Warren Gamaliel Harding
(1865-1923) 29th president of the United States (1921-1923)
Warren Harding
the twenty-ninth president of the US, from 1921 to 1923 (1865-1923)
Warren Hastings
born Dec. 6, 1732, Churchill, near Daylesford, Oxfordshire, Eng. died Aug. 22, 1818, Daylesford British colonial administrator in India. He worked for the English East India Company from 1750, rising to membership in its council in Bengal (1761-64) and Madras (now Chennai; 1769). As governor of Bengal (1772-74), he moved the central government to Calcutta (now Kolkata) under direct British control and remodeled the justice system. In 1774 he acquired the new title of governor-general, with responsibilities for supervising other British settlements in India. His powers were shared with a council of four, several of whom tried to blame Hastings for the continuing abuses of power by Englishmen. From 1777 to 1783 he sought to counter the instability created by the fall of the Mughal Empire and tried to maintain peaceful relations with neighbouring states but was drawn into the Maratha Wars. This disrupted the company's trade and antagonized opinion in England, as did several dubious ventures Hastings entered into to raise extra funds. In 1785 he left India at peace and retired to England. In 1786 Edmund Burke introduced an impeachment process against him on charges of corruption; after a trial that lasted from 1788 to 1795, Hastings was acquitted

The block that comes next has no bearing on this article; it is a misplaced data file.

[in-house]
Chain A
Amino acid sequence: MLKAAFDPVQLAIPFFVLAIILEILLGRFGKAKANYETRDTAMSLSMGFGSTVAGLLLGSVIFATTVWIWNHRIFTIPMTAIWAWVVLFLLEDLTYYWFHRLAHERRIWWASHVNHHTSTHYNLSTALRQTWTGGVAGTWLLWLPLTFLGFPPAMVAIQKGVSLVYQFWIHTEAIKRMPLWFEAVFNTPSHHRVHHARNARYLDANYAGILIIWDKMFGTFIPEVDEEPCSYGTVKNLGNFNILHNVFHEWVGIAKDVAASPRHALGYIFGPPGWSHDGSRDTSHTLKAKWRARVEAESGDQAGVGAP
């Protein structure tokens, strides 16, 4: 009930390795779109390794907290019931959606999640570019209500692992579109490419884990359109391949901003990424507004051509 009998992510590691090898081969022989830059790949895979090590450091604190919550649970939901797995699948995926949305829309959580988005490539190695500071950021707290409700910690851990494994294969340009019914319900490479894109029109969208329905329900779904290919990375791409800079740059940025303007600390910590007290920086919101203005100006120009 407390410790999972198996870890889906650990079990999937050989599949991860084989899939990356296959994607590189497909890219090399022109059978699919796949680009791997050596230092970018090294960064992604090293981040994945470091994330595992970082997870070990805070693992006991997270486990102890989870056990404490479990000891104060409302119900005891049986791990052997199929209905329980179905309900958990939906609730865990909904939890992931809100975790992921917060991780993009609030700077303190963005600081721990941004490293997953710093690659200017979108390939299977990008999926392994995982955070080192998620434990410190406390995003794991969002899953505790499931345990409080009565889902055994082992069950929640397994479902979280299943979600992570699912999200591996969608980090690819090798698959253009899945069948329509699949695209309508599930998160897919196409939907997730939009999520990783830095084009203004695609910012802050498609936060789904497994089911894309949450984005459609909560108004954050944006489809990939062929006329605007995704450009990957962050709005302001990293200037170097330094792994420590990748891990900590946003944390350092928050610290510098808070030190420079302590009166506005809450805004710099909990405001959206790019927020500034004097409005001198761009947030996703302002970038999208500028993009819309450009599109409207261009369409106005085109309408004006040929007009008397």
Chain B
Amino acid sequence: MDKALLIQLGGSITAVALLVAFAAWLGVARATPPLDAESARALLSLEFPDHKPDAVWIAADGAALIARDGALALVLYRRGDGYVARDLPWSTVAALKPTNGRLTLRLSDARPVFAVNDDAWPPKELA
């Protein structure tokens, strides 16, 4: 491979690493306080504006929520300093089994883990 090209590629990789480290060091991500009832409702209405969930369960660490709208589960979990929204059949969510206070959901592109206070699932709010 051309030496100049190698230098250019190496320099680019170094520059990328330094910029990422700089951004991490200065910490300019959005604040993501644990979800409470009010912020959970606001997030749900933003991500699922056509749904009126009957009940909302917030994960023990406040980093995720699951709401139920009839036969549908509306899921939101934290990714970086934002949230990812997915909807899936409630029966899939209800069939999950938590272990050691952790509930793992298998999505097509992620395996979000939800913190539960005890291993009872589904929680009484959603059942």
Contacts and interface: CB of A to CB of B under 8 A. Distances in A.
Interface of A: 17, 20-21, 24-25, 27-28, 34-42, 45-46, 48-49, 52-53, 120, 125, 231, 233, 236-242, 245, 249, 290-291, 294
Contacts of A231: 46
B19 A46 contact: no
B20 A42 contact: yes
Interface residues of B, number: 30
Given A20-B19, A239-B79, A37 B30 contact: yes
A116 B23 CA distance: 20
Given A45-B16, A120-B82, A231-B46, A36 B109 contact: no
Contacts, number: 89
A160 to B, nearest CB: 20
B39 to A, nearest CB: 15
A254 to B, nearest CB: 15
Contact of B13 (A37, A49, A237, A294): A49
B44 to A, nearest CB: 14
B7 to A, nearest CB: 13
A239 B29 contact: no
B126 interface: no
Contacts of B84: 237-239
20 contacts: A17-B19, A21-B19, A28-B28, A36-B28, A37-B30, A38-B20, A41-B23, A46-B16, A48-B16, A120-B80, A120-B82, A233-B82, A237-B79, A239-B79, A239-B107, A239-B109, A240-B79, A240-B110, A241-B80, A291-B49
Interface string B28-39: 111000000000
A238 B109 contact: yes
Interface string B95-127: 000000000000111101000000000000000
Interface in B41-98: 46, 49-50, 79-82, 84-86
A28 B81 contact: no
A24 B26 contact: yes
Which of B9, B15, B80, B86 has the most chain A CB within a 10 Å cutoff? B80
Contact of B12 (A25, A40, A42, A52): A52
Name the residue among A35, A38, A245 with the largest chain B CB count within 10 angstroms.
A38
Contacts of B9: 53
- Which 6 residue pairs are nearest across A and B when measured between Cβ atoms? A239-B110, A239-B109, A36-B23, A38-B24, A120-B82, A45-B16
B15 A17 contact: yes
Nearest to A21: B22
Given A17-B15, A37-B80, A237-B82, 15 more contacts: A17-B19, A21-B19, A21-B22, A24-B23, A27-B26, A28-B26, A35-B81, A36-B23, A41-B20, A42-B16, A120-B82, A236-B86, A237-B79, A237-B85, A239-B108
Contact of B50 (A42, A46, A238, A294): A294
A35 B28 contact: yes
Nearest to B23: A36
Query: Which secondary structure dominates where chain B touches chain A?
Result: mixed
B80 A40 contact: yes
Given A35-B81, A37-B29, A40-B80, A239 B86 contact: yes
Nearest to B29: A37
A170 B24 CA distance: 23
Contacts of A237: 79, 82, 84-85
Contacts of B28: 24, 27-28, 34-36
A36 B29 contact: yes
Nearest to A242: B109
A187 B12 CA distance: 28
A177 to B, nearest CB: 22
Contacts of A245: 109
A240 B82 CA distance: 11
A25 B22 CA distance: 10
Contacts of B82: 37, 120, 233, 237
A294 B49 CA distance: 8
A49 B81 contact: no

Warren Report
an official US report about the murder of President John F. Kennedy. Earl Warren and a special committee, called the Warren Commission, studied the facts relating to Kennedy's murder and decided that the President was killed by a single person, and that there was no conspiracy (=a secret plan involving several people) . Many people, however, do not accept this decision, and believe that Kennedy's death was organized by political opponents
Warren Spahn
born April 23, 1921, Buffalo, N.Y., U.S. died Nov. 24, 2003, Broken Arrow, Okla. U.S. baseball pitcher. Spahn spent most of his career with the Boston (later Milwaukee) Braves (1942, 1946-64). He amassed 2,583 career strikeouts, giving him the third highest total in baseball history when he retired. His feat of winning 20 or more games in each of 13 seasons was also a record, as was his striking out at least 100 batters each year for 17 consecutive seasons (1947-63). His total of 363 wins established a record for left-handers. He was inducted into the Baseball Hall of Fame in 1973